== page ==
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Great Lakes AOCs

Grand Calumet River AOC

Contact Us

 Kristen Isom ​
(isom.kristen@epa.gov)
312-353-6318

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Overview

The Grand Calumet River originates on the east side of Gary, Ind., and flows 13 miles through one of the most heavily industrialized areas in the U.S. The river is comprised of two east-west flowing branches that cover the southern end of the Indiana Harbor Ship Canal. The eastern branch of the river drains into Lake Michigan. The AOC area, which is 22 square miles in total, encompasses the cities of Gary, East Chicago, and Hammond, Ind.

Other sections of the AOC include:
  • The east branch of the river
  • A small segment of the west branch
  • The bottom of the Grand Calumet River and Indiana Harbor and Ship Canal
  • Illinois/Indiana state line

The river was designated as an Area of Concern (AOC) under the Great Lakes Water Quality Agreement of 1987 largely due to legacy pollutants. Legacy pollutants remain in the environment for a long time after their deposition, creating the possibility of future water contamination. These types of pollutants were found in sediment (mud) both at the bottom of the Grand Calumet River and the Indiana Harbor and Ship Canal. These contaminants include:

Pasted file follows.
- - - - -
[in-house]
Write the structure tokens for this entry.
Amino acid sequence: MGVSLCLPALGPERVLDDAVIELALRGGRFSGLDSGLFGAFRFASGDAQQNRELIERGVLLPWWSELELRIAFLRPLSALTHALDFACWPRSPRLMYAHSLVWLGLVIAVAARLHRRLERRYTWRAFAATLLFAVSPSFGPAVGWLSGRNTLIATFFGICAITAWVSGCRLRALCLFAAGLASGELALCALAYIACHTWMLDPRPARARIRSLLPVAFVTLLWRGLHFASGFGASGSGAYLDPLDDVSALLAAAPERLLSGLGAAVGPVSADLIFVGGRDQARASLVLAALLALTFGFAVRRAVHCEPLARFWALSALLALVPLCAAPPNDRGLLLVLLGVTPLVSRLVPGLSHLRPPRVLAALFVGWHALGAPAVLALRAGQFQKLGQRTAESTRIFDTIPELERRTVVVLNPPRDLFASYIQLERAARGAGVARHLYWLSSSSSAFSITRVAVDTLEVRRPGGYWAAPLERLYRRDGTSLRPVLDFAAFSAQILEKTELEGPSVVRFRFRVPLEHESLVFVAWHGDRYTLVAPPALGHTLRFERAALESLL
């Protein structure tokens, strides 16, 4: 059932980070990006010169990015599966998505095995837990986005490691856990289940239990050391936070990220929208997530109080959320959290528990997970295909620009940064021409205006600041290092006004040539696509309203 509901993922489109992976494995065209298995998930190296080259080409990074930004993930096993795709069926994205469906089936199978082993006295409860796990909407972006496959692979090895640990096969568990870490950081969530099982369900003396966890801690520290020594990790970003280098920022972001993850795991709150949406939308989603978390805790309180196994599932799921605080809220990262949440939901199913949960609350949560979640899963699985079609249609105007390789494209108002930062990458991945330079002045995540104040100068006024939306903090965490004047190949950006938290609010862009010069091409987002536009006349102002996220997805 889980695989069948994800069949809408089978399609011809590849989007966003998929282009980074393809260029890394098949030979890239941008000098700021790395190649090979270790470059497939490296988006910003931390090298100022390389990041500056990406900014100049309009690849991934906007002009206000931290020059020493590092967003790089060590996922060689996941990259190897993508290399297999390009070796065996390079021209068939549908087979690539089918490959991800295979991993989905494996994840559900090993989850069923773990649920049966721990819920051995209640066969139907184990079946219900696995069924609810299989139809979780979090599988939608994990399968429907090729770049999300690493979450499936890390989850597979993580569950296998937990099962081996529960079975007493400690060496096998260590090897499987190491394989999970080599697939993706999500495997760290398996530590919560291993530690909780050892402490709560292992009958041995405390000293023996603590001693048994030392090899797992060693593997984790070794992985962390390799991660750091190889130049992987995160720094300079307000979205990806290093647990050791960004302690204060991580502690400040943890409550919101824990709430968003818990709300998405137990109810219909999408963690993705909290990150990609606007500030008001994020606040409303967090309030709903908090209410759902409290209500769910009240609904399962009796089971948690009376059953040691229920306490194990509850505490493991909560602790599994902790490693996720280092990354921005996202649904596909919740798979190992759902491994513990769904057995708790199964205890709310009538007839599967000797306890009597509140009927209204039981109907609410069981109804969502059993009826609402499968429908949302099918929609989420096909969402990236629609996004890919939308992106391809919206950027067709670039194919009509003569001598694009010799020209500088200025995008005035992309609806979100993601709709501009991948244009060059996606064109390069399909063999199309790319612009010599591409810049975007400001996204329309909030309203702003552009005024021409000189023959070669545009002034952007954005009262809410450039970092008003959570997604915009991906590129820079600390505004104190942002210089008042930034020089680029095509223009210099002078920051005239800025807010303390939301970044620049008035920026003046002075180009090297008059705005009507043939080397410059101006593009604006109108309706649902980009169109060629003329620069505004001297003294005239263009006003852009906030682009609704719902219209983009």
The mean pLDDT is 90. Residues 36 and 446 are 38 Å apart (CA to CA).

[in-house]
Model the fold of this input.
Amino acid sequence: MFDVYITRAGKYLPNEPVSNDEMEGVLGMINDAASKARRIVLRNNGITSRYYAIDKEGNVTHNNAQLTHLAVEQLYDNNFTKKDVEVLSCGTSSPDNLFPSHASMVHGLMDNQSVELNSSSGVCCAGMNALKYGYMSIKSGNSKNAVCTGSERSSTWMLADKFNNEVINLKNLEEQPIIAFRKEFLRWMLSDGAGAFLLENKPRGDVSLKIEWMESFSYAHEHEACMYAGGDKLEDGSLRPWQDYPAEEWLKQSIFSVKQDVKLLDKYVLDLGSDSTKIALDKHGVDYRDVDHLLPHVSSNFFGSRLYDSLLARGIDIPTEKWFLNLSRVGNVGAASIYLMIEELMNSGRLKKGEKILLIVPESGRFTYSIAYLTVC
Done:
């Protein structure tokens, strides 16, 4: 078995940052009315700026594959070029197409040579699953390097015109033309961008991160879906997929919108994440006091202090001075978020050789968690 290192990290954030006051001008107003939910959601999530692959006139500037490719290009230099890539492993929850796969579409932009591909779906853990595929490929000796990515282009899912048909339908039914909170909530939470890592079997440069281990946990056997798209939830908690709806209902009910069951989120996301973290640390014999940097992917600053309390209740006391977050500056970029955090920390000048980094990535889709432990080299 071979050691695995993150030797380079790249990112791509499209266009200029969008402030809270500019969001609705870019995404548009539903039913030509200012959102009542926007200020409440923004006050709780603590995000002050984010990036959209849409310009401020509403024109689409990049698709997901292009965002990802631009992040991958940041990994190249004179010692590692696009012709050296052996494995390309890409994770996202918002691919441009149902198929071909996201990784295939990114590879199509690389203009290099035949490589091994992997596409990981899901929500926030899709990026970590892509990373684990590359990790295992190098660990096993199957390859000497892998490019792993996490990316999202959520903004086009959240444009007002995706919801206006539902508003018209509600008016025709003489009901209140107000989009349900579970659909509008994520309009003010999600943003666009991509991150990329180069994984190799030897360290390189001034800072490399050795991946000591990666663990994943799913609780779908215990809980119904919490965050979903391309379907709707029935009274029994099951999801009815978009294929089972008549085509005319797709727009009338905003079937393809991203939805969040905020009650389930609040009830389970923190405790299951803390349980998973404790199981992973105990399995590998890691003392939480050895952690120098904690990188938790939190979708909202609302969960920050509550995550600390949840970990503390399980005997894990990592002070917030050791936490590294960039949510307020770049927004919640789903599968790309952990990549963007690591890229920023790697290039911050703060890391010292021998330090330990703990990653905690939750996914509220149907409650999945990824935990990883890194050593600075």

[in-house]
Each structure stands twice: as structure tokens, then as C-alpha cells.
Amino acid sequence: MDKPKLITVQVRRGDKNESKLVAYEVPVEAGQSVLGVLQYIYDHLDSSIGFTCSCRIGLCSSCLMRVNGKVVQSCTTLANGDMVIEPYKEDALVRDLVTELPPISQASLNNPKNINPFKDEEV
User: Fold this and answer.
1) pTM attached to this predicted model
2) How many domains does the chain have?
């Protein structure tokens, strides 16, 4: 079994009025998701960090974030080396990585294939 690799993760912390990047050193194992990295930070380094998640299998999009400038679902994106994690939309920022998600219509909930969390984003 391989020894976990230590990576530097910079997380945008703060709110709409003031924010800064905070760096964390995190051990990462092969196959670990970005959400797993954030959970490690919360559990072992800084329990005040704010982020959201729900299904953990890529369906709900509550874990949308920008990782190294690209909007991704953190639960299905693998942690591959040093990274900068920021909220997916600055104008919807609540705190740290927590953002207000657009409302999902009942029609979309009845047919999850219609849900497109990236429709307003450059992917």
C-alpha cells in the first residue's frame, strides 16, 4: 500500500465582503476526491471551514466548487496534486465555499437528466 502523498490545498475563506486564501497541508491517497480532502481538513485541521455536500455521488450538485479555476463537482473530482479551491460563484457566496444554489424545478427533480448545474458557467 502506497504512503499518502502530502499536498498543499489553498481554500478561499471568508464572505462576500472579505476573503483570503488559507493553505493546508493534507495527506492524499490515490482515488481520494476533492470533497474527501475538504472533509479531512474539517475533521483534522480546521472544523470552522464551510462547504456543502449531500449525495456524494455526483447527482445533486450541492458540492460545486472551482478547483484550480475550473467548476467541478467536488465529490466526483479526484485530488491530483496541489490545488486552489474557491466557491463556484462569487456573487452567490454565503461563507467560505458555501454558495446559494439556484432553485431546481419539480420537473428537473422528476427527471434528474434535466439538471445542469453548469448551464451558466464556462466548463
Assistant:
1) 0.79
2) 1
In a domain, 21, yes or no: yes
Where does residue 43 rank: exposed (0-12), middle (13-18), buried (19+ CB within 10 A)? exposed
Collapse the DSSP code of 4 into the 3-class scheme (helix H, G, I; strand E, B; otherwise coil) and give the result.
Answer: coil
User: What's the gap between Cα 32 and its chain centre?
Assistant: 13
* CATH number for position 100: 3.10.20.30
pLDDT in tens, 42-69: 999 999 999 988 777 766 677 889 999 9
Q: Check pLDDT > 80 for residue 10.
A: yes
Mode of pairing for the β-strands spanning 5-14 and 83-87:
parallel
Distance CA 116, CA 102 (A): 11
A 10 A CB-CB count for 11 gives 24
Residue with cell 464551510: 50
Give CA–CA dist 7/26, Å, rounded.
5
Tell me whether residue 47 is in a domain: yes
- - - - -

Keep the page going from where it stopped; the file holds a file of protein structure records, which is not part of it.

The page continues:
Other pollutants were also found in the river, including:
  • High levels of fecal coliform bacteria
  • Suspended solids
  • Ammonia
  • Oil and grease

Monitoring also revealed degradation in the form of biochemical oxygen demand, meaning the river water had too low a concentration of oxygen for microorganisms to decompose organic matter.